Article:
Although the introduction of umpires was new, these also had an earlier equivalent: before 1743, onlookers regulated boxing matches. Muralt described in 1726 how “the standers-by take care to see these laws strictly observed”. If an individual were to transgress the laws of boxing, for example by striking a downed opponent, he ran the risk of being “knock’d down by the mob”.[9]Another foreign traveller (this time a Frenchman), César De Saussure, observed a similar phenomenon in 1727, describing how onlookers gather around boxing-matches “not in order to separate them, but on the contrary to enjoy the fight, for it is a great sport and they judge the blows and also help to enforce certain rules in use for this mode of warfare”.[10]Prior to the governance of Broughton’s rule-set, boxing matches were socially regulated; while there was no explicit referee in the bouts, the public were expected to enforce a set of implicit and unwritten rules. 

It seems then that although Broughton did introduce certain formalities, the rules that governed the essential performance of the boxing match itself were unchanged. Throughout the 18thcentury, boxers had been expected not to strike a downed opponent, and the end of a fight had always been governed by the yielding system; Broughton had simply put these common practices into writing. The functional aspects of Broughton’s rule-set were, then, articulations of pre-existing socially enforced laws. It is not only the originality of Broughton’s rules that has been over-emphasized; the historical narrative that has been built up around these rules should also be questioned. It did not move, as historians have previously held, from an era of chaos and lawlessness to one of legitimacy and order by the mid-century. Rather, where the rules of boxing were once based on popular regulation, they became codified, systemized and delegated to specific individuals.


Part of a larger cultural movement?

Parallels can be drawn here with the enforcement of English law in general. At the beginning of the 18thcentury, the ‘common people’ took an active role in maintaining public order. Private citizens were expected to assist an officer of the peace in arresting criminals, or apprehend a suspected criminal independently and bring them before a constable. Popular morality was enforced in a similar way, and riots designed to ‘disturb or defame’ those individuals accused of sexual misconduct become popular in the Quarter Sessions in the 1690s and 1700s.[11]By the 1720s, the individual responsibility of law enforcement was beginning to erode. The emergence of thief-takers such as the notorious Jonathan Wild meant that the catching of criminals was often charged to specific individuals. By 1748, John and Henry Fielding had taken over the rotation offices in Bow Street; they systemized the apprehension of criminals, hired a network of thief-takers, and organized foot patrols on major roads. By this point, the popular justice of the early 18thcentury had been all but forgotten. This pattern follows almost the exact chronology of boxing regulation, which moved from a system of popular law enforcement in the first decades of the 18thcentury to one that was codified and devolved by the 1740s. Indeed, it is not insignificant that Broughton’s rules were written only five years before the Bow Street Runners were officially established. Like many things in the 18thcentury, boxing became part of that great age of English jurisprudence. It is important that we understand the development of boxing in this way; a set of rules did not simply materialize in 1743 but rather grew out of the popular regulation that was endemic to English society in the early 18thcentury.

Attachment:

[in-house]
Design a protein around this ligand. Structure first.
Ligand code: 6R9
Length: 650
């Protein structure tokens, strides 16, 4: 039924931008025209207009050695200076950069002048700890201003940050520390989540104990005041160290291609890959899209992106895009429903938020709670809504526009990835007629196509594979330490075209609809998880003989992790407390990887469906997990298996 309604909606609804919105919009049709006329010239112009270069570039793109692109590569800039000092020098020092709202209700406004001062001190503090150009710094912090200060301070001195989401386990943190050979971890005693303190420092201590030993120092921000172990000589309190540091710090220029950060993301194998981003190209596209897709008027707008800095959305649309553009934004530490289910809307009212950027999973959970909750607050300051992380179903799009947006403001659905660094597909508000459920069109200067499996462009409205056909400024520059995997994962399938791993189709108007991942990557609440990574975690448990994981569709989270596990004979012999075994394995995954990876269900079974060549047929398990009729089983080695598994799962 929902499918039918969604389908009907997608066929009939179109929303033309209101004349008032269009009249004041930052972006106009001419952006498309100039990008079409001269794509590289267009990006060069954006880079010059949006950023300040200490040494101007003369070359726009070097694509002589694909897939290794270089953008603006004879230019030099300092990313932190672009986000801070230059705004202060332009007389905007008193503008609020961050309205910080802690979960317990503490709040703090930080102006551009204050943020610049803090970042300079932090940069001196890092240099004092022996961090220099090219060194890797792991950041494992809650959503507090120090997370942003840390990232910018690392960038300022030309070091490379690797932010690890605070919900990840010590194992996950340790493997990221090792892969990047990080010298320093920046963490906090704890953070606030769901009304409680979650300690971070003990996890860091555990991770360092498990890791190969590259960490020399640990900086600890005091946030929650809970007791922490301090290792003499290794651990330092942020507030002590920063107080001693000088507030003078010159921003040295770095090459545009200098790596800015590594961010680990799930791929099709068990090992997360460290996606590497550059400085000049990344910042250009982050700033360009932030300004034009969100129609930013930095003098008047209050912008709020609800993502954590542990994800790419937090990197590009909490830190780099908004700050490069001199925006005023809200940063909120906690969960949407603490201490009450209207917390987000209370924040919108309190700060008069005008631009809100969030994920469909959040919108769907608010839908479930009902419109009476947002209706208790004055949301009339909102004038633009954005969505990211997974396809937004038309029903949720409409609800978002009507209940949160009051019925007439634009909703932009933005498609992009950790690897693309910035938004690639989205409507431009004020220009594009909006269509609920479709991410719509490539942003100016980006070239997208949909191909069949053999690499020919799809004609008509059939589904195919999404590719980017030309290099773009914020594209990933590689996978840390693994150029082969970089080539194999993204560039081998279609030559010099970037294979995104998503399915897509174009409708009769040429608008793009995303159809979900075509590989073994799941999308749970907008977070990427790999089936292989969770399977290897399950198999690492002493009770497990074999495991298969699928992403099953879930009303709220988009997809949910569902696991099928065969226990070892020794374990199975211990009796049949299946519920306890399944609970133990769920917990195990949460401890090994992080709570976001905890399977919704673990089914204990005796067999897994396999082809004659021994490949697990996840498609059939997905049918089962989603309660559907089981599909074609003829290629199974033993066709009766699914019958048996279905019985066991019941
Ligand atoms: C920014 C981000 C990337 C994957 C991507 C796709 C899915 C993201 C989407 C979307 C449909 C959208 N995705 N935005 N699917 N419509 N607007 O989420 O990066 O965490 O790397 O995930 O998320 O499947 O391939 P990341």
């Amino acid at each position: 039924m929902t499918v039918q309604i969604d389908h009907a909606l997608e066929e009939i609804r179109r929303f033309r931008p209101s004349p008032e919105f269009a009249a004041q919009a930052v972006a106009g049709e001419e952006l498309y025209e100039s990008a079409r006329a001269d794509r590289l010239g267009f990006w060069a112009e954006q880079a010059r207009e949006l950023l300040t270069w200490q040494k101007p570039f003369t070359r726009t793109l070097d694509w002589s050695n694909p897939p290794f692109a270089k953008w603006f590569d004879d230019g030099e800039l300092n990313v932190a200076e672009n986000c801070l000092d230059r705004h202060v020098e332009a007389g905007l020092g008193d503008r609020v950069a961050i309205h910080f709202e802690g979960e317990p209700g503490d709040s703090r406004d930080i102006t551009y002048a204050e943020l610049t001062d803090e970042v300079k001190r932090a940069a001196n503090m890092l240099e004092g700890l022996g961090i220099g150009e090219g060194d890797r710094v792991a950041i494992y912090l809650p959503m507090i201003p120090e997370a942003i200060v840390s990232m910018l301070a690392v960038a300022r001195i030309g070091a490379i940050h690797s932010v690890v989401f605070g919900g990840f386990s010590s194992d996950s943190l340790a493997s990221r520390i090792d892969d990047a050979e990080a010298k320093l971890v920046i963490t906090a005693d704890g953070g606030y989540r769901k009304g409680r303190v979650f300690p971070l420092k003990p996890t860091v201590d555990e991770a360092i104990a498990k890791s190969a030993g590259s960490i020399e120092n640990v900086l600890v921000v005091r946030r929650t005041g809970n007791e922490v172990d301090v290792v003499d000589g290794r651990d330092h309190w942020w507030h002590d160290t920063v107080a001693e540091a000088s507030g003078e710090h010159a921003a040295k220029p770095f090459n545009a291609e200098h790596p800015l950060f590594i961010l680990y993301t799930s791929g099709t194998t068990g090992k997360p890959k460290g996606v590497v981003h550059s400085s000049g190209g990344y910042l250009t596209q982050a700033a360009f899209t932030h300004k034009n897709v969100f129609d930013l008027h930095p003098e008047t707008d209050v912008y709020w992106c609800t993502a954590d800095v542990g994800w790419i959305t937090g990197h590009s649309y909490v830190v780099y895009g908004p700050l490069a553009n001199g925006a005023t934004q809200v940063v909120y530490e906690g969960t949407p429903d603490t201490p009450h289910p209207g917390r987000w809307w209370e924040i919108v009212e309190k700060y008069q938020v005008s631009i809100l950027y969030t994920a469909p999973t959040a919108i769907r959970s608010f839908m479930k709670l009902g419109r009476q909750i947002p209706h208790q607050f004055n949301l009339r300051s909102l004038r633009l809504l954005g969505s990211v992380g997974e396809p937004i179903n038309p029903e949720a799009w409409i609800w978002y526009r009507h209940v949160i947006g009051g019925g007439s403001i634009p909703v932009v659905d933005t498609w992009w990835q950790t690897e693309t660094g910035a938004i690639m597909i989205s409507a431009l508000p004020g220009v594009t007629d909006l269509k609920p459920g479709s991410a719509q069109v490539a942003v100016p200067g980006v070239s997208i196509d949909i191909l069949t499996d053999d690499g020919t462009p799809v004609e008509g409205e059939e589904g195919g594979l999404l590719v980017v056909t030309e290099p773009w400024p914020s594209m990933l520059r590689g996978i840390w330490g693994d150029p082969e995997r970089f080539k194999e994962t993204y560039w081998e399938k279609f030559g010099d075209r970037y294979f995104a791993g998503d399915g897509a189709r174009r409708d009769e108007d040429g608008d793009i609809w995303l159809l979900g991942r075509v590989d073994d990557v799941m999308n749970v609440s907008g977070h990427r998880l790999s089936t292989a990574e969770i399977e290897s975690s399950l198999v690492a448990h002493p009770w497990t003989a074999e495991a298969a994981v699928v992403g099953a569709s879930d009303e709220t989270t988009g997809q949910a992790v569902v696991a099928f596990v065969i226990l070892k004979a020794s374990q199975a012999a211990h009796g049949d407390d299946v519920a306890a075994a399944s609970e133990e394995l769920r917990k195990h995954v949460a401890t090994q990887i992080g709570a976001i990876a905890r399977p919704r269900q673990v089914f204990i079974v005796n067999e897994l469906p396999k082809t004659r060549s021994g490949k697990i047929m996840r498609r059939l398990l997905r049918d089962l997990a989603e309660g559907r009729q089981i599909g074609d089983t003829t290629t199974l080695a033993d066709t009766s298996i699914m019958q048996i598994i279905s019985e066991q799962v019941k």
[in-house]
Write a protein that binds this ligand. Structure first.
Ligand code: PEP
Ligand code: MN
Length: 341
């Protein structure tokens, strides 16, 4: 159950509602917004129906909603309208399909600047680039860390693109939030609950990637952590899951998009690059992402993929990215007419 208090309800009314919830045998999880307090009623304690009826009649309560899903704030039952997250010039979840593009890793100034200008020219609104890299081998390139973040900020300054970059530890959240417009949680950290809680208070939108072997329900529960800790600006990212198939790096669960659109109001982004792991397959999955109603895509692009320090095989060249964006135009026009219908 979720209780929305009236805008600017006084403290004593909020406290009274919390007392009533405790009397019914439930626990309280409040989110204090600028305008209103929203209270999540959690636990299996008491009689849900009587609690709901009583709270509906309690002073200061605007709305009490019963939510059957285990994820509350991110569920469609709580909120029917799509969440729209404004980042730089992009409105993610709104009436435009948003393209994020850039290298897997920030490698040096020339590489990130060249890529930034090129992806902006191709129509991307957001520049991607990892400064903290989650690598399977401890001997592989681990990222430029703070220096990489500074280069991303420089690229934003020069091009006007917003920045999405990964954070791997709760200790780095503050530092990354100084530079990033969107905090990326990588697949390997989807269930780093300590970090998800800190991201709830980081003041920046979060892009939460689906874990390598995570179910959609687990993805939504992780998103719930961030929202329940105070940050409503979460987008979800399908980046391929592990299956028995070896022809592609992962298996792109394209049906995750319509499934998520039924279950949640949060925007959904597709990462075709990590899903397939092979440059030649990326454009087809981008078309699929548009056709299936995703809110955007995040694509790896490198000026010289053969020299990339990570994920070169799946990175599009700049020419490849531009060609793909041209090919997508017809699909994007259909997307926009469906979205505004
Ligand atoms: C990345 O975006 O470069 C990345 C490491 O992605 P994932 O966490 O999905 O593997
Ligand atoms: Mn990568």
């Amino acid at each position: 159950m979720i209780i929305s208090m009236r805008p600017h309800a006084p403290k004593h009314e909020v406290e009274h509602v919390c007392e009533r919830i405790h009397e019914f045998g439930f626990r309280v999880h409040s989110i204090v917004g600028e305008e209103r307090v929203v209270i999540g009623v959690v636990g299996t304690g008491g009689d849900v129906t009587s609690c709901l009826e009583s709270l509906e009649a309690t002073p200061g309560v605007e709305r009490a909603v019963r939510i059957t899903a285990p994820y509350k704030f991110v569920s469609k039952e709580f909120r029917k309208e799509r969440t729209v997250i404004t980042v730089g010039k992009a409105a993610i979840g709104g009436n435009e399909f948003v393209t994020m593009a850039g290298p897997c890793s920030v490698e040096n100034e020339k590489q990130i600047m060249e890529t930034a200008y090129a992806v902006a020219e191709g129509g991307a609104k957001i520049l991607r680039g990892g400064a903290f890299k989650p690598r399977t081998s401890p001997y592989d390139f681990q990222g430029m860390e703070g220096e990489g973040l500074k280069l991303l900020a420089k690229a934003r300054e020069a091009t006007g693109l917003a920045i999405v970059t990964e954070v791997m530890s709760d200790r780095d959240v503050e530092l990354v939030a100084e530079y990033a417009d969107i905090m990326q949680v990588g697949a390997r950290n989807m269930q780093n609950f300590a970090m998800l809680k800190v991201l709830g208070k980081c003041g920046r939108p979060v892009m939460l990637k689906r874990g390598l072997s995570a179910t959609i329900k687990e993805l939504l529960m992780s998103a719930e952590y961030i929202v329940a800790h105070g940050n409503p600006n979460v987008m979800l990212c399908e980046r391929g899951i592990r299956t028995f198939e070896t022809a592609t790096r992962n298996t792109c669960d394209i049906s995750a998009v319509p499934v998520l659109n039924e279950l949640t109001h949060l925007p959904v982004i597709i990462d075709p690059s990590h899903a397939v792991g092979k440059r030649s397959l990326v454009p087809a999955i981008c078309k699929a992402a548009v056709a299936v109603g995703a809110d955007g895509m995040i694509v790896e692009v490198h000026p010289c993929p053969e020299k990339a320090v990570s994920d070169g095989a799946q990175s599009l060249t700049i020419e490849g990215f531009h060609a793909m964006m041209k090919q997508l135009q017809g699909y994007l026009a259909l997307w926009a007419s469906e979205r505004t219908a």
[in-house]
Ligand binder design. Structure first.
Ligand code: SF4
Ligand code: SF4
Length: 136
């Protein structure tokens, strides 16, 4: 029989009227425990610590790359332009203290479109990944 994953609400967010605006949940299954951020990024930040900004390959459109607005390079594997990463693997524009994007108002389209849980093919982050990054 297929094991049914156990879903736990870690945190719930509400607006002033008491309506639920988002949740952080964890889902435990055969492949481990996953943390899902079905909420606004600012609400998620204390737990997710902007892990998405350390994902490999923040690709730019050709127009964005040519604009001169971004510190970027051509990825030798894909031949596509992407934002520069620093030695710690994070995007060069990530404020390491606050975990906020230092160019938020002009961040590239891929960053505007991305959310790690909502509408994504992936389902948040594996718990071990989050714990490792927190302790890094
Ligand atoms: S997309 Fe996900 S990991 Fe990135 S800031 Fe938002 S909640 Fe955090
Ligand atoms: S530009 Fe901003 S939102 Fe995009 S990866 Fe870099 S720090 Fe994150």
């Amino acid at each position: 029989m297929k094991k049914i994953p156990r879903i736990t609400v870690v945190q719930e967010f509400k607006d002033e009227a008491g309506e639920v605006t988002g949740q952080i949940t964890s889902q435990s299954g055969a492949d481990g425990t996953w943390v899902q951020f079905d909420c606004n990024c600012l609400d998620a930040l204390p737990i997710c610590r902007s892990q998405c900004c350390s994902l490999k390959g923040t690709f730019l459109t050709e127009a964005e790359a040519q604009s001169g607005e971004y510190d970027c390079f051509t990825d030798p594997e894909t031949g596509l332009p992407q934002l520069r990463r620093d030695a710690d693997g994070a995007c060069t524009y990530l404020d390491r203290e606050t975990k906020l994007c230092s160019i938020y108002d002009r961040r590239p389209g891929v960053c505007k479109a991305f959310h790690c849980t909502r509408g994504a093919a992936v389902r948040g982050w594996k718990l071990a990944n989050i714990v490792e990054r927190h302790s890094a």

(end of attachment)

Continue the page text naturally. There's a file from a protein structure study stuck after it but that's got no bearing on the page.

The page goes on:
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[1]Broughton's Rules: Rules to be Observed in All Battles on the Stage: as Agreed by Several Gentlemen at Broughton's Amphitheatre, Tottenham Court Road, August 16, (1743)

[2]Crego, R, Sports and Games of the 18th and 19th Centuries, Greenwood Publishing Group, (2003), pp.51

[3]Broughton's Rules: Rules to be Observed in All Battles on the Stage: as Agreed by Several Gentlemen at Broughton's Amphitheatre, Tottenham Court Road, August 16, (1743)

[4]Broughton's Rules: Rules to be Observed in All Battles on the Stage: as Agreed by Several Gentlemen at Broughton's Amphitheatre, Tottenham Court Road, August 16, (1743)

[5]Review of the State of the British Nation(London, England), Thursday, March 9, 1710; Issue 144. 17th-18th Century Burney Collection Newspapers. Gale Document Number: Z2000102198, pp.1

[6]Middlesex Sessions: Sessions Papers - Justices' Working Documents, September 1749, London Metropolitan Archives, LL ref: LMSMPS503970163

[7]Muralt, B, Letters Describing the Character and Customs of the English and French Nations, London, (1726), Eighteenth Century Collections Online, Gale Document Number: CW3304026130, pp.2

[8]Original Weekly Journal (London, England), Saturday, August 8, 1719. 17th-18th Century Burney Collection Newspapers, Gale Document Number: Z2000086751, pp.2

[9]Muralt, B, Letters Describing the Character and Customs of the English and French Nations, London, (1726), pp.42

[10]Letters of de Saussure, pp.180, quoted in Malcolmson, Popular Recreations in English Society, Cambridge University Press, (1973), pp.42

[11]Shoemaker, Robert, The London ‘Mob’ in the Early Eighteenth Century,Journal of British Studies, vol. 26, no. 3, 1987, pp. 278

AuthorGeorge Levrier-Jones
CategoriesBlog Post